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Cashed-up Chinese aircraft lessors spread their wings

The logo of American International Group (AIG) is seen at their offices in New York September 18, 2008. REUTERS/Eric Thayer
The logo of American International Group (AIG) is seen at their offices in New York September 18, 2008. REUTERS/Eric Thayer

By Alison Leung and Umesh Desai

HONG KONG (Reuters) - The sale of one of the world's top aircraft leasing companies to a Chinese consortium is the boldest signal yet that China's aviation industry will increasingly look to the cash-rich home market for specialist finance to support its expanding fleet.

International Lease Finance Corp (ILFC), the aviation arm of U.S. insurer AIG which confirmed the $4.8 billion sale on Monday, joins a growing number of homegrown Chinese leasing firms looking to exploit the world's fastest growing air market.

For China, the rise of a powerful air finance industry is a third pillar in its aviation development, alongside parts manufacturing and assembly for foreign planemakers like Airbus and Beijing's own Comac C919 commercial jetliner project.

"It's a huge investment and (ILFC) are the second biggest leasing company in the world," said Paul Sheridan, chief Asia consultant for specialist aviation think-tank Ascend.

China is seen as one of the most promising markets for aircraft leasing, in which airlines rent aircraft to keep the cost of ownership off their balance sheets.

The world's second-largest economy will need 5,260 new aircraft worth $670 billion through 2031, according to Boeing Co. About half of these new planes would be owned by leasing firms, adding about $100 billion to the market size which is expected to rise to $268 billion in the next two decades.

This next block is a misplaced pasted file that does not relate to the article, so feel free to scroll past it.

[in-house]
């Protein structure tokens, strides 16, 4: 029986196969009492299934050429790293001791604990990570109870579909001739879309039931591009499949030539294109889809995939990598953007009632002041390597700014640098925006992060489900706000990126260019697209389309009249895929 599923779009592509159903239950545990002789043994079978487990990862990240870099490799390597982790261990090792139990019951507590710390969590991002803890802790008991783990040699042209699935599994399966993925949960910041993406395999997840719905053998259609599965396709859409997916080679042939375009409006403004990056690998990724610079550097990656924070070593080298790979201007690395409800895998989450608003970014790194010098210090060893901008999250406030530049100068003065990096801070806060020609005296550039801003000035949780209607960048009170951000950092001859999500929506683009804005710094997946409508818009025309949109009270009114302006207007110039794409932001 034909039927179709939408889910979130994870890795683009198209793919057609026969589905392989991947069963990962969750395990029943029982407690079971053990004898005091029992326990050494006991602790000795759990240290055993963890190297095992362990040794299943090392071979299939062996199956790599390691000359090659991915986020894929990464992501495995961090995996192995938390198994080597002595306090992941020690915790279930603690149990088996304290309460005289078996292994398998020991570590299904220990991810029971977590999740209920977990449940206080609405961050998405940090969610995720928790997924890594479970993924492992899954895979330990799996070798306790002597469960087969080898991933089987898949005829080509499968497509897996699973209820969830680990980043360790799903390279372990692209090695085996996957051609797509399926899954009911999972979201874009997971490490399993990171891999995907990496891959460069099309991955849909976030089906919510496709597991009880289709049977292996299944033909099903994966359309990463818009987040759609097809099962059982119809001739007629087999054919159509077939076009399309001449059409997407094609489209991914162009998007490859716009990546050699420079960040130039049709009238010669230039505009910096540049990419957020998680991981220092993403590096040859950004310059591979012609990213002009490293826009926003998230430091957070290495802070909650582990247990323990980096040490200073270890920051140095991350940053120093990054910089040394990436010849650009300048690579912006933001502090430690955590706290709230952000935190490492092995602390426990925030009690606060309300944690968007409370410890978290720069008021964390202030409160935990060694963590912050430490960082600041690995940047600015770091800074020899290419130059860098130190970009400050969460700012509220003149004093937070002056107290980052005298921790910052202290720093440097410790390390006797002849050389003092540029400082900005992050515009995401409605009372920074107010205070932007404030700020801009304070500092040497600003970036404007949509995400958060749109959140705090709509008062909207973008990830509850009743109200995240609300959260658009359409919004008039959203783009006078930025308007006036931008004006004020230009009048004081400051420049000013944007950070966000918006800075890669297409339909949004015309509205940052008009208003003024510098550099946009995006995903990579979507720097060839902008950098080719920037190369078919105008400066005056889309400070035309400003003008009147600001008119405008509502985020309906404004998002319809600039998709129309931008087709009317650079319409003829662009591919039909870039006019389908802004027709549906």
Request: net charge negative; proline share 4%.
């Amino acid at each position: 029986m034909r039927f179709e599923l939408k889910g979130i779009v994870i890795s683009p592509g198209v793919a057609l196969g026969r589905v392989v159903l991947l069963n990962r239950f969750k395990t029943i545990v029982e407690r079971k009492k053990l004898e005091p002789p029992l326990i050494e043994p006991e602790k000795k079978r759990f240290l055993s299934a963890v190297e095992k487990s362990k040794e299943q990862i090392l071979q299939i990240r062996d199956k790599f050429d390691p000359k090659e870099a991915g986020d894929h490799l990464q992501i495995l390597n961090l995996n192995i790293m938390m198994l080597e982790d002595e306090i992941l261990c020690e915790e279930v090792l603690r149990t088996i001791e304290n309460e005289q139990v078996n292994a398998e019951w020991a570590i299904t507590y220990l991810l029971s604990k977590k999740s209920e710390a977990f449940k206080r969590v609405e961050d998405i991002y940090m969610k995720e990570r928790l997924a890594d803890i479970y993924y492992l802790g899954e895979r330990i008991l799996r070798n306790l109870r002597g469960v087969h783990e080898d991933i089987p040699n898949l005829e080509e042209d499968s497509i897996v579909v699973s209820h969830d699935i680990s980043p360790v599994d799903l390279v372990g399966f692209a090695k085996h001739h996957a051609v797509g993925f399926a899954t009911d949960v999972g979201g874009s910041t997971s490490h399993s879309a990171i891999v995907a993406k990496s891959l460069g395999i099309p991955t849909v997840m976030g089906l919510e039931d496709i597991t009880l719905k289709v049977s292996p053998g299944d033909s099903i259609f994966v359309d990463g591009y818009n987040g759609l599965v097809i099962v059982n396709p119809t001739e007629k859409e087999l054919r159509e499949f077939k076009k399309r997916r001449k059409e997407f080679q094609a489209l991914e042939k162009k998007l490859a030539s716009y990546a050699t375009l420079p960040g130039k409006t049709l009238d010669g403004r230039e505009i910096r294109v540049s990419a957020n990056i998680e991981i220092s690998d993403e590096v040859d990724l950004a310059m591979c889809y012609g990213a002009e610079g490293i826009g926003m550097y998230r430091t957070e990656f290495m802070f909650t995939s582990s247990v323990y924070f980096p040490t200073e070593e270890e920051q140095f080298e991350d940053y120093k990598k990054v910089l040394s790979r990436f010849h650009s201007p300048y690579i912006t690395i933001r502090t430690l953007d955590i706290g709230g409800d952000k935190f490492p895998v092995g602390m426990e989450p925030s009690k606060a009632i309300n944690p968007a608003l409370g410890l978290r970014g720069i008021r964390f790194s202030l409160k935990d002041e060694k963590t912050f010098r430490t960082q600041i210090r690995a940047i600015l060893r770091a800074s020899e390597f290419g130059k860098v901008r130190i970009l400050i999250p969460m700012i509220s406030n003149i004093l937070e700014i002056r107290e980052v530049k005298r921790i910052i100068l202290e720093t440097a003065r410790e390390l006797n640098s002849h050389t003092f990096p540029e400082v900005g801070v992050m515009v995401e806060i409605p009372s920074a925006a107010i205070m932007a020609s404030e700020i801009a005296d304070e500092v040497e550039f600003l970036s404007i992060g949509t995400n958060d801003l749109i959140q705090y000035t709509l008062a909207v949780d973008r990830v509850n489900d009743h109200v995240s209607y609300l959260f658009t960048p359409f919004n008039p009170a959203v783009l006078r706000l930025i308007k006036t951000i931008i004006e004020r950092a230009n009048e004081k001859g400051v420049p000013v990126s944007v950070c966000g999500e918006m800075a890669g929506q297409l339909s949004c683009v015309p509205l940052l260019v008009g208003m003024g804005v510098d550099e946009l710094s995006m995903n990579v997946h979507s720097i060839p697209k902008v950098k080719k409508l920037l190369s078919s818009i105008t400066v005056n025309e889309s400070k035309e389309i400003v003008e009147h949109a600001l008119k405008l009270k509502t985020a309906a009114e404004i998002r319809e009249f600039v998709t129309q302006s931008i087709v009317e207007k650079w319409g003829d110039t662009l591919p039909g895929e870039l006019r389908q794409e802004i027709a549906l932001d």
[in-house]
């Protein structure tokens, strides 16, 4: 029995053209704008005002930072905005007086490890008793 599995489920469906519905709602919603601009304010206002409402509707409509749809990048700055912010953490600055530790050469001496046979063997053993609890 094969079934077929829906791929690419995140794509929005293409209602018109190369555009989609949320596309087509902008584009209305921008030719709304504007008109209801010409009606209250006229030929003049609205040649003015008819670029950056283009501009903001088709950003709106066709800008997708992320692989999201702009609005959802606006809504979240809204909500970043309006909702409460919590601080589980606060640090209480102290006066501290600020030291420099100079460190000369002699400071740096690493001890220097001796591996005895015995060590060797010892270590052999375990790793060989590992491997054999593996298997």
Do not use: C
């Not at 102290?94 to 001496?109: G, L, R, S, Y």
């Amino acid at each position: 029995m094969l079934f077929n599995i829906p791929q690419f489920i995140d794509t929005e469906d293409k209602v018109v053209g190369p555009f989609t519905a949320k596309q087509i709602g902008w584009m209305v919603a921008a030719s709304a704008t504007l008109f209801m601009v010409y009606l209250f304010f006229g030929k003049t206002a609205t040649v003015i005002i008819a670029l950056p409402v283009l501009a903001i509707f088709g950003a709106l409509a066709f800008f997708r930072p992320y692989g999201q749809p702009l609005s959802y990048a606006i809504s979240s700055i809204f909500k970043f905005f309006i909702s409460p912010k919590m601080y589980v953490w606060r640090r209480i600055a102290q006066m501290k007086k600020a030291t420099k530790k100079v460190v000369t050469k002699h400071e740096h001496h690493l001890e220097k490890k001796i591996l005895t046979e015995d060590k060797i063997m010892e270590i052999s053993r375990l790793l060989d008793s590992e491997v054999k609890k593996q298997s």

PLANE PURCHASES NOT KEEPING UP WITH DEMAND

China is a major purchaser from both Airbus and Boeing , often in batches of 100 or more aircraft to coincide with state visits in the spirit of balancing U.S. and European supplies.

But government-coordinated purchases have failed to keep pace with demand, leaving a gap in the market for lessors armed with speculative orders.

"We believe that there are not enough aircraft in order in China at the moment. (Buying ILFC) will help Chinese airlines to get more aircraft," Ascend's Sheridan said.

Until now, that has been an advantage for ILFC and its main rival GECAS, the air leasing arm of General Electric , as they compete with China's own domestic lessors.

"They are growing but not at the expense of ILFC," said Henri Courpron, the chief executive of ILFC, which is expected to remain U.S.-based with the same management after the sale.

"We have something that they don't have - an order book," he said before the deal was announced.

Chinese lessors have so far been growing by doing sale and leasebacks with cash-constrained airlines and by purchasing from other leasing companies.

ILFC owns or manages around 1,000 jets and has some 230 aircraft on order. China is already a major outlet for its planes - it has around a 35 percent market share there.